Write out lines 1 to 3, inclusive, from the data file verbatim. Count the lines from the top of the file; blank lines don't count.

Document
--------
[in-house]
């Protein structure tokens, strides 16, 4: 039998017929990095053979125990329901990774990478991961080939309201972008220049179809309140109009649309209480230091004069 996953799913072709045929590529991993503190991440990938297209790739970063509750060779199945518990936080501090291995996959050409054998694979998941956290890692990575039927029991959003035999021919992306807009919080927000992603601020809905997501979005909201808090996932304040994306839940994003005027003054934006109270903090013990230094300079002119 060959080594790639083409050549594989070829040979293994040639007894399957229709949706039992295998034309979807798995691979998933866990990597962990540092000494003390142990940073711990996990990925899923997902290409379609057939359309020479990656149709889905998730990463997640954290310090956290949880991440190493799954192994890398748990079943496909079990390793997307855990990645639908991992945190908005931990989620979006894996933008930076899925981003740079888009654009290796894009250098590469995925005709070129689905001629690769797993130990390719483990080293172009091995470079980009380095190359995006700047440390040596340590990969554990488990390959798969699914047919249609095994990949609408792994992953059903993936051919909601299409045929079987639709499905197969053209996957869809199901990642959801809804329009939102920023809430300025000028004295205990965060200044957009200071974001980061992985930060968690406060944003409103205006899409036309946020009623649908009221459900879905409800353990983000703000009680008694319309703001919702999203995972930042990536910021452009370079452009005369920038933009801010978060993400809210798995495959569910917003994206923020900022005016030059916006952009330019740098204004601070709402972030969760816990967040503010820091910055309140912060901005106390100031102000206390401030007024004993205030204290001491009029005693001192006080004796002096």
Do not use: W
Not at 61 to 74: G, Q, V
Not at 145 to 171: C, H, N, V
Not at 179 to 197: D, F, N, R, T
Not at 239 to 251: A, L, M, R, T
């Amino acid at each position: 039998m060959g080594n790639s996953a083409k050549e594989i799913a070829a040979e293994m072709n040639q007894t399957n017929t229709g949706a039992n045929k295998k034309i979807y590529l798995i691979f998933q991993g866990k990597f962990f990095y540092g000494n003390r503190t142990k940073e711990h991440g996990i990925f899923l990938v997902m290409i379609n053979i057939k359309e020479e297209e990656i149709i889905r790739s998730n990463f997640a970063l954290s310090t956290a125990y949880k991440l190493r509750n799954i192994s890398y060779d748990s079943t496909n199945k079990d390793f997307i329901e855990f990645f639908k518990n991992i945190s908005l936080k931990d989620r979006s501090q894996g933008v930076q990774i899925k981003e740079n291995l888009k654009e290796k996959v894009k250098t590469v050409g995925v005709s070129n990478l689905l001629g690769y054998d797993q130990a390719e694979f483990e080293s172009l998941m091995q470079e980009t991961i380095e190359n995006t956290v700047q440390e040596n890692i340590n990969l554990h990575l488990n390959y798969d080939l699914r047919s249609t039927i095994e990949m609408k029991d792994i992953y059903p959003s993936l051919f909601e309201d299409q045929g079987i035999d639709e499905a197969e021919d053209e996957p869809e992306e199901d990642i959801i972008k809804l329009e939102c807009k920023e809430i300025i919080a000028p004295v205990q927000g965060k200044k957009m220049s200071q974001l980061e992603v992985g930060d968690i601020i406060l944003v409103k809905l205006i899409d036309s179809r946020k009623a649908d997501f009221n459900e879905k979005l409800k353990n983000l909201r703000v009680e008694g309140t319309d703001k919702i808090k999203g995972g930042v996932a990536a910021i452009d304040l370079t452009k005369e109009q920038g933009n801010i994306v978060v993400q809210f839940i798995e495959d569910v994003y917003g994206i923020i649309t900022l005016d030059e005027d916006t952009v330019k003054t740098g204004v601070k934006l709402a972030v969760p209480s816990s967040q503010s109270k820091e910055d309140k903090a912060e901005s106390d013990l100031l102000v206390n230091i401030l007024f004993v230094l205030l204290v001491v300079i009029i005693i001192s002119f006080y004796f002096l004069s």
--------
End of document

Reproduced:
[in-house]
């Protein structure tokens, strides 16, 4: 039998017929990095053979125990329901990774990478991961080939309201972008220049179809309140109009649309209480230091004069 996953799913072709045929590529991993503190991440990938297209790739970063509750060779199945518990936080501090291995996959050409054998694979998941956290890692990575039927029991959003035999021919992306807009919080927000992603601020809905997501979005909201808090996932304040994306839940994003005027003054934006109270903090013990230094300079002119 060959080594790639083409050549594989070829040979293994040639007894399957229709949706039992295998034309979807798995691979998933866990990597962990540092000494003390142990940073711990996990990925899923997902290409379609057939359309020479990656149709889905998730990463997640954290310090956290949880991440190493799954192994890398748990079943496909079990390793997307855990990645639908991992945190908005931990989620979006894996933008930076899925981003740079888009654009290796894009250098590469995925005709070129689905001629690769797993130990390719483990080293172009091995470079980009380095190359995006700047440390040596340590990969554990488990390959798969699914047919249609095994990949609408792994992953059903993936051919909601299409045929079987639709499905197969053209996957869809199901990642959801809804329009939102920023809430300025000028004295205990965060200044957009200071974001980061992985930060968690406060944003409103205006899409036309946020009623649908009221459900879905409800353990983000703000009680008694319309703001919702999203995972930042990536910021452009370079452009005369920038933009801010978060993400809210798995495959569910917003994206923020900022005016030059916006952009330019740098204004601070709402972030969760816990967040503010820091910055309140912060901005106390100031102000206390401030007024004993205030204290001491009029005693001192006080004796002096």
Do not use: W